What do you use for spectral analysis? Post the results when you get them.

-Kevin

kbmb
Feb 4, 2009, 07:19 PM
So I guess the next question is, how many people use Variable Bit Rates, and how many use constant bit rates?

Any real pros/cons for either side?

-Kevin

Teej guy
Feb 4, 2009, 09:36 PM
Just curious....how were you listening to the tracks? Headphones? Ambient Noise around you?

No doubt you are going to get some loss.....and that if you can help it, you shouldn't convert. However, if you absolutely need to, you are in a much better situation with the iTunes Plus tracks than the old 128kbps tracks.

What do you use for spectral analysis? Post the results when you get them.

I was listening to the tracks in my quiet room on my KRK VXT4s.

I'm not arguing against you being a lot better off with the iTunes Plus 256kbps files vs the 128kbps files. I'm just saying the difference is fairly noticeable between the 256kbps AAC file, and the 256kbps MP3 sourced from the 256kbps AAC file.

I haven't got around to doing the spectral analysis yet...I'll get around to it, tonight's been busy.

So I guess the next question is, how many people use Variable Bit Rates, and how many use constant bit rates?

Any real pros/cons for either side?

The main pro for VBR is that you get the best file size to quality ratio possible. The encoder has more room to play with in terms of how it allocates the bits in the file and how it can apply its psycoacoustic modeling. It also doesn't "waste" bits in places the audio doesn't need it for the nominal quality you're aiming for.

These days, there isn't really a downside, but the main downside used to be compatibility...some MP3 players didn't support VBR.

Having said all that, I currently don't use VBR...I rip everything to 320kbps LAME encoded MP3 files.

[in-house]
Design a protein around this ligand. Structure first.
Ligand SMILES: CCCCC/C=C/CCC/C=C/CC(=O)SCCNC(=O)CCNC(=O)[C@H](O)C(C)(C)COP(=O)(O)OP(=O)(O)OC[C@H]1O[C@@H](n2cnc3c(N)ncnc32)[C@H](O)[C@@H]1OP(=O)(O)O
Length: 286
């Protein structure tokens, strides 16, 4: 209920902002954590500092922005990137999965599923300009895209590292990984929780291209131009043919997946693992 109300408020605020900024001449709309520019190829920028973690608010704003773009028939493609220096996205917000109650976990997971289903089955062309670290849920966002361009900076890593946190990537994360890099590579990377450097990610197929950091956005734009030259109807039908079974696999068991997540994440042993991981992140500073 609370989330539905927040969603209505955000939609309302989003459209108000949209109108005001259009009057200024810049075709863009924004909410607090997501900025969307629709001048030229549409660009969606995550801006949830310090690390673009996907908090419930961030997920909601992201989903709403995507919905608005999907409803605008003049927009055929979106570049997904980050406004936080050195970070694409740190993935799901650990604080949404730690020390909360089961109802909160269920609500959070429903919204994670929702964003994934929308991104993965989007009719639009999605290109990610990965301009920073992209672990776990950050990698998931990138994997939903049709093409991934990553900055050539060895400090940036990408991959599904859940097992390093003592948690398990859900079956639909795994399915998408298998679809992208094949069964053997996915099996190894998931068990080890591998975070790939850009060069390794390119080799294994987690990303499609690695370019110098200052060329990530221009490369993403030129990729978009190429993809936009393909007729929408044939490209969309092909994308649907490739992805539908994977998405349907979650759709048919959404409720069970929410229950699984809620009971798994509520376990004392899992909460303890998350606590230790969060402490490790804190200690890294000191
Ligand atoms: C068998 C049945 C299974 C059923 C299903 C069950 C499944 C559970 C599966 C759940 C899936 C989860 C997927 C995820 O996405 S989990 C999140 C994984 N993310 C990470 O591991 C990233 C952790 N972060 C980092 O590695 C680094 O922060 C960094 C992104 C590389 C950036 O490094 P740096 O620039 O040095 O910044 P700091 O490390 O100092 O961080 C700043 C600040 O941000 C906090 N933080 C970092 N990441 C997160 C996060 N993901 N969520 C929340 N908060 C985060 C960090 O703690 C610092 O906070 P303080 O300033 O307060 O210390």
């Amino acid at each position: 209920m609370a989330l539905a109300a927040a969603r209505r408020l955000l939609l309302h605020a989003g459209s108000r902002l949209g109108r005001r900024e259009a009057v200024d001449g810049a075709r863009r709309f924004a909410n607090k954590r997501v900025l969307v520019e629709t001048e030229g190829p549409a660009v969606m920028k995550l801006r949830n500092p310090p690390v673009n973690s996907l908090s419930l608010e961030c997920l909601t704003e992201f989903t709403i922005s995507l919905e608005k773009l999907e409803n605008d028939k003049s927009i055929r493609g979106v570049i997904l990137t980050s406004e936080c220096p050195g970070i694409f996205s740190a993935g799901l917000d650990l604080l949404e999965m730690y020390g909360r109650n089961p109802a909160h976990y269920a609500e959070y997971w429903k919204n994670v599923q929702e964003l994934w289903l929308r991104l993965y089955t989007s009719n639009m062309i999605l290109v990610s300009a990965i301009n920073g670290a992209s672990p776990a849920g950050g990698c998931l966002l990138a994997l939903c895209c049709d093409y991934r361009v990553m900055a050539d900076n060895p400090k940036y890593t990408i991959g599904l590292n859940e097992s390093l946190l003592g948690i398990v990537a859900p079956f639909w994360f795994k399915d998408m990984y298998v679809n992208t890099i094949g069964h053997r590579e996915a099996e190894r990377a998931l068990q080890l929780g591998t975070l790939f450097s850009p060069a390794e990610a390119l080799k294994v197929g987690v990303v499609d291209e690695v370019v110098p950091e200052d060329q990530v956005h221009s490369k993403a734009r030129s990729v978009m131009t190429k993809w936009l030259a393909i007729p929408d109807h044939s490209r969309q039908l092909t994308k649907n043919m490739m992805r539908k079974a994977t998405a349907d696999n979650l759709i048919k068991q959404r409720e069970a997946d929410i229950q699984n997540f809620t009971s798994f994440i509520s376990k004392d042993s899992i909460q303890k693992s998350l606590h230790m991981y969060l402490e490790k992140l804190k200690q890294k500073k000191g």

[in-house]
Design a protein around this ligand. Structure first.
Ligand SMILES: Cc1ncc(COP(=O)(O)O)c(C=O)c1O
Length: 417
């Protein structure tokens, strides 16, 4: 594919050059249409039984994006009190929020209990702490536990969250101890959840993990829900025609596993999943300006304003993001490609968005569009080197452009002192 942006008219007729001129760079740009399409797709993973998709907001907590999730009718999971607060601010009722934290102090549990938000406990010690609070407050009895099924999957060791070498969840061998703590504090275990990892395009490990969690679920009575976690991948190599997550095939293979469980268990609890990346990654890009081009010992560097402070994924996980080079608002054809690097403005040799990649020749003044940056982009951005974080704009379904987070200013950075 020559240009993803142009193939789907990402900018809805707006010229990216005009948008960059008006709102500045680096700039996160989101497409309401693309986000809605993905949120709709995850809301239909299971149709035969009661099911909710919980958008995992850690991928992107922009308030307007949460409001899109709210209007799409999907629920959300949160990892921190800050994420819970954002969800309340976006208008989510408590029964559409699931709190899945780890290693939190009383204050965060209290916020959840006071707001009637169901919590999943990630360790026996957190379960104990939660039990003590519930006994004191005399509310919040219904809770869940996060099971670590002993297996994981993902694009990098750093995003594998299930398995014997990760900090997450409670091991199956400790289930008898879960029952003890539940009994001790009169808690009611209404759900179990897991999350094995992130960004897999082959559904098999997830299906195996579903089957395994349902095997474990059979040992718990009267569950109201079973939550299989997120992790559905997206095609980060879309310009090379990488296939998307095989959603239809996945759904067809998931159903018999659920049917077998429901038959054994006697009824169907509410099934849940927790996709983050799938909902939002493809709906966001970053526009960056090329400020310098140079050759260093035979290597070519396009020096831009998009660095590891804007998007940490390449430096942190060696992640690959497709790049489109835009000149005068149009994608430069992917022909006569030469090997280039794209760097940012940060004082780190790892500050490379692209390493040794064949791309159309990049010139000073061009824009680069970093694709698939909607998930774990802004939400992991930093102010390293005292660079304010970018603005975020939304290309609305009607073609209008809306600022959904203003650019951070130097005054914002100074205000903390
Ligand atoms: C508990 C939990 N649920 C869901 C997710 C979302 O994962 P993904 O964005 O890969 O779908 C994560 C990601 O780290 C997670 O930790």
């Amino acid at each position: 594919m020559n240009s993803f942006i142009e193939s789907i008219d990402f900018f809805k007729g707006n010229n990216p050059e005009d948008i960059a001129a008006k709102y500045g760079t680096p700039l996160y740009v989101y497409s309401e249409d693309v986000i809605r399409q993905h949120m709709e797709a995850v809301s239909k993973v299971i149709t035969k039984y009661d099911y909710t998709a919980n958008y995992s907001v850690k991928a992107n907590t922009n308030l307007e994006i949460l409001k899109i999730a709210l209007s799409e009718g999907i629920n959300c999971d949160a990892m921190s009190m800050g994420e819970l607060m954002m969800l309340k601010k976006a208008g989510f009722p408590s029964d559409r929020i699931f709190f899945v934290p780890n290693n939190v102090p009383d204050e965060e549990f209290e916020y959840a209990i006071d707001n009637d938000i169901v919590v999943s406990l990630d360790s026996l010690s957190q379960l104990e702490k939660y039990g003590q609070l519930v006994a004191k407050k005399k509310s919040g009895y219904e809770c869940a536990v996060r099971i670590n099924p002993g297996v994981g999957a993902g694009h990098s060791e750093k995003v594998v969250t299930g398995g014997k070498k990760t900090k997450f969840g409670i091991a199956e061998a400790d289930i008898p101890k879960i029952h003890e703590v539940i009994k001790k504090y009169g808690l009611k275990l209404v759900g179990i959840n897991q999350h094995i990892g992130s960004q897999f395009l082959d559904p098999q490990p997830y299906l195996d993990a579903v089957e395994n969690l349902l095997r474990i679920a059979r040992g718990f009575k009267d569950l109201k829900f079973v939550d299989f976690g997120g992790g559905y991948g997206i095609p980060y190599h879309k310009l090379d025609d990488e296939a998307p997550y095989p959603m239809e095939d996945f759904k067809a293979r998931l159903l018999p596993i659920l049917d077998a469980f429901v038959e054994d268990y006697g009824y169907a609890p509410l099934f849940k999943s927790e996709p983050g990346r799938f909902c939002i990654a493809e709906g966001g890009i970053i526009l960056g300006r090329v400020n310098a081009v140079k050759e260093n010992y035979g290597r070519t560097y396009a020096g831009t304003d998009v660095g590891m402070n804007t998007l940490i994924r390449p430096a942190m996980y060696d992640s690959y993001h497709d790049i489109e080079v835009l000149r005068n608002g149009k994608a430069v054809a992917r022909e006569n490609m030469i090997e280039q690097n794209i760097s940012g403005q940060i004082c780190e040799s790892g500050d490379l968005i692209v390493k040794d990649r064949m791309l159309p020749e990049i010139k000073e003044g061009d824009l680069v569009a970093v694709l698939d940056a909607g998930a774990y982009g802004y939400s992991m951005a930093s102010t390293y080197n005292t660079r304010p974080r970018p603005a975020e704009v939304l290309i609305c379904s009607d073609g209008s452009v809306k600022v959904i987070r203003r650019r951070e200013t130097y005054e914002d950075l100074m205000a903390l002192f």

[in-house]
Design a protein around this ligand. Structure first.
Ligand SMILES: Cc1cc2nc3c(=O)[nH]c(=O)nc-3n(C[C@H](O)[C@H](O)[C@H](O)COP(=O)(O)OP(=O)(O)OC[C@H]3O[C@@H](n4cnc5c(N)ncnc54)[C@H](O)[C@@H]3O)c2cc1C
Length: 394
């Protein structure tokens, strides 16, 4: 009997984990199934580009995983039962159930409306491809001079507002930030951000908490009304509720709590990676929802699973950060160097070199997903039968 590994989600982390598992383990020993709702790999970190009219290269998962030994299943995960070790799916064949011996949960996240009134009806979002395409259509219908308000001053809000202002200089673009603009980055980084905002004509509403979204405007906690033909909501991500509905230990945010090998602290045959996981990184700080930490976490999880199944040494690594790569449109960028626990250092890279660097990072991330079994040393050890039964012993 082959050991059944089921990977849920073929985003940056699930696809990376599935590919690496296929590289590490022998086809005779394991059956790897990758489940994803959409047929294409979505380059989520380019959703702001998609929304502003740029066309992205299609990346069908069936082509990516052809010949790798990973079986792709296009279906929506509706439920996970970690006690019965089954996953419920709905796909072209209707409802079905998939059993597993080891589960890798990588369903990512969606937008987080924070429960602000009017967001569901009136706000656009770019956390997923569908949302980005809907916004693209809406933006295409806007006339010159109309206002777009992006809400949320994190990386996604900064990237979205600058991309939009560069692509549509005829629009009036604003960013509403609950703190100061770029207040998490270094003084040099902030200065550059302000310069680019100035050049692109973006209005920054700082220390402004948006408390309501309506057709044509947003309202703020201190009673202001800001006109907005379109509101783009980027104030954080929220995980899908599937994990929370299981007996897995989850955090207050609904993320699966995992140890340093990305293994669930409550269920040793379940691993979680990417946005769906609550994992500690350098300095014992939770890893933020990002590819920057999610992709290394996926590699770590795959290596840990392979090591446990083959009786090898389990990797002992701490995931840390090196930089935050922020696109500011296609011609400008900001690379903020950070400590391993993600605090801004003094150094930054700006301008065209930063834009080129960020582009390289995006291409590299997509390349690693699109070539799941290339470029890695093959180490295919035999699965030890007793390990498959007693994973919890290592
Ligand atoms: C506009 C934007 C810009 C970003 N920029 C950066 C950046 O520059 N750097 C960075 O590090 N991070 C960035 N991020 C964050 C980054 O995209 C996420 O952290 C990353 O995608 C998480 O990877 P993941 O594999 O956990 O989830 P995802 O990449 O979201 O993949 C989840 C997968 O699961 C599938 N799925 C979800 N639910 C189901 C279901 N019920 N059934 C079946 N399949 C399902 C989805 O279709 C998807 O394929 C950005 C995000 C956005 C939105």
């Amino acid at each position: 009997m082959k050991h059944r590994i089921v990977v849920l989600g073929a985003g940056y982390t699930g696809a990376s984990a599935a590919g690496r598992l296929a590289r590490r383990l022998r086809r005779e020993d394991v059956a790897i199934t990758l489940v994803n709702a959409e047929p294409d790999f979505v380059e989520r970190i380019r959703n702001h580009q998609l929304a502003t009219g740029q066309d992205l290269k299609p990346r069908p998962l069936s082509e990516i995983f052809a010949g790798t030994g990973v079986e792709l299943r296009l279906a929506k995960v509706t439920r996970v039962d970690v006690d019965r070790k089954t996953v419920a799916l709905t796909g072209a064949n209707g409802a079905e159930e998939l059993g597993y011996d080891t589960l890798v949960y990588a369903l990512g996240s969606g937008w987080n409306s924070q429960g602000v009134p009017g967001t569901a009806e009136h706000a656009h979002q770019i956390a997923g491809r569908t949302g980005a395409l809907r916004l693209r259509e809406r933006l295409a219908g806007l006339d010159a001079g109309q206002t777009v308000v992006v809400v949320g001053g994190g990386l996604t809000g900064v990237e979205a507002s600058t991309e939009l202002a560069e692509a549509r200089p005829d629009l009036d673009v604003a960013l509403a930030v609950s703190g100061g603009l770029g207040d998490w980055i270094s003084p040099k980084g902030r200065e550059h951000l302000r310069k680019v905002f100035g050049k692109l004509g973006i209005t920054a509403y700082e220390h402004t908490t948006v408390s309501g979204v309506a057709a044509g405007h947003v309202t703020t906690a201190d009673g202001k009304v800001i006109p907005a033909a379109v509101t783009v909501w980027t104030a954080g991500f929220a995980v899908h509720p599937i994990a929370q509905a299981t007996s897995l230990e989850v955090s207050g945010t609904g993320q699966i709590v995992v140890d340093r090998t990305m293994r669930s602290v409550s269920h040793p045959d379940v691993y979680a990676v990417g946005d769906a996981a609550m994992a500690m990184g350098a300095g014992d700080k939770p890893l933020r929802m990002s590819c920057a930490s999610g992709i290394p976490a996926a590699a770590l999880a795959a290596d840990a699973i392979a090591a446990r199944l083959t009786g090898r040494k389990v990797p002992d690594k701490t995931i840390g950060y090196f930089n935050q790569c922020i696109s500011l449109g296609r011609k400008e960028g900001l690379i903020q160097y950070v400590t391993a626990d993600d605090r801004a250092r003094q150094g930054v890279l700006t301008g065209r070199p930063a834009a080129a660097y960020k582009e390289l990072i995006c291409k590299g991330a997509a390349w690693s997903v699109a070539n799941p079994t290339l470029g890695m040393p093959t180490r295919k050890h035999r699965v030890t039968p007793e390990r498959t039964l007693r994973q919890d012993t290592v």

One of these days I'll re-rip everything to FLAC, but that'll be one hell of a project.

eRondeau
Feb 5, 2009, 05:04 AM
If I could burn a single Blu-ray Disc to back it all up, that would also save a lot of hassle.

I just backed-up my entire 28GB iTunes folder on a single 32GB USB stick. It cost me $60 CDN. Don't rule this out as a fast, simple, and cheap backup option. Plus, I can take it with me to parties and instantly have access to my entire library at any other computer. :apple:

GGJstudios
Feb 5, 2009, 05:37 AM
I just backed-up my entire 28GB iTunes folder on a single 32GB USB stick. It cost me $60 CDN. Don't rule this out as a fast, simple, and cheap backup option. Plus, I can take it with me to parties and instantly have access to my entire library at any other computer. :apple:
I wish they made a USB memory stick with enough memory to store my library!

rhett7660
Mar 5, 2009, 02:48 PM
I know it is a little off of the kb rating, but I am now ripping at apple lossless. Disk space isn't a worry and I know I can't get as many songs on my iPhone or iPod. But that is the price. This way I feel I am not sacrificing quality.

Porco
Mar 5, 2009, 03:42 PM
http://manuals.playstation.net/document/en/ps3/current/video/filetypes.html
From what I can see, the PS3 is not compatible with AAC files.

AAC plays absolutely fine on the PS3. I know, because I have one, with AAC files on it ;)

If you look in the Music section instead of video on that manual it lists it:

http://manuals.playstation.net/document/en/ps3/current/music/filetypes.html